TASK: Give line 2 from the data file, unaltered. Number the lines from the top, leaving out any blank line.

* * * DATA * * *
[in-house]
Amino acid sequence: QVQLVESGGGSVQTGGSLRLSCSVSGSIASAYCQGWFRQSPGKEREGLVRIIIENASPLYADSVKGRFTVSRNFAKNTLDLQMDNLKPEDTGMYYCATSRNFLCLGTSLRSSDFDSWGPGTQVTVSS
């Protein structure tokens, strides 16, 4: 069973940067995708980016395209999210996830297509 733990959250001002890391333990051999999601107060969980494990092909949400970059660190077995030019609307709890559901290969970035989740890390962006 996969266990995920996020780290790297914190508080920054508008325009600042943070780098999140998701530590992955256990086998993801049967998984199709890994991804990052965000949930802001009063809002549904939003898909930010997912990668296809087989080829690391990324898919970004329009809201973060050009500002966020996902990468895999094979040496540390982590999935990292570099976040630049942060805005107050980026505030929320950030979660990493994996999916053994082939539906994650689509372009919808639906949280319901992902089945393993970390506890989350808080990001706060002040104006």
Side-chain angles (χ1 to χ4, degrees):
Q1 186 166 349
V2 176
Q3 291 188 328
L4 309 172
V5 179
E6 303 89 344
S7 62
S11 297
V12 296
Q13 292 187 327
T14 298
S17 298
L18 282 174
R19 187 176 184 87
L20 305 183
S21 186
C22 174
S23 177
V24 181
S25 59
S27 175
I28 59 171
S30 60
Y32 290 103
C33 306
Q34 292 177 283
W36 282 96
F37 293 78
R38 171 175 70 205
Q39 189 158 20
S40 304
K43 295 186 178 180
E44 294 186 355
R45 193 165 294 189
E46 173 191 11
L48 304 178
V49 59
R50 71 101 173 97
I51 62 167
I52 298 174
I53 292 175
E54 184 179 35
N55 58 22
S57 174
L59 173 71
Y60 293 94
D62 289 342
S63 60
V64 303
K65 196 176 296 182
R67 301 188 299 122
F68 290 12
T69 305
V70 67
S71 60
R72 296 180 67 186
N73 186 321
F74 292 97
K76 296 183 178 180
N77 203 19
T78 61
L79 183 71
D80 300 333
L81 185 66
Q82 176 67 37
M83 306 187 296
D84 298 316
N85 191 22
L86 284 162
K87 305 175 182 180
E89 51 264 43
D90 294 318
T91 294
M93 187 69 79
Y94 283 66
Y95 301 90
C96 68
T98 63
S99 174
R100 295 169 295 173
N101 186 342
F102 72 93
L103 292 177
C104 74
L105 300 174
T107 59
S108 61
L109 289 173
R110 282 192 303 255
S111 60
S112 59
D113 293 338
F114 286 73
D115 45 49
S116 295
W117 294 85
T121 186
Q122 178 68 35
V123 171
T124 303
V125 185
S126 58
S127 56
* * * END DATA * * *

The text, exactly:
Amino acid sequence: QVQLVESGGGSVQTGGSLRLSCSVSGSIASAYCQGWFRQSPGKEREGLVRIIIENASPLYADSVKGRFTVSRNFAKNTLDLQMDNLKPEDTGMYYCATSRNFLCLGTSLRSSDFDSWGPGTQVTVSS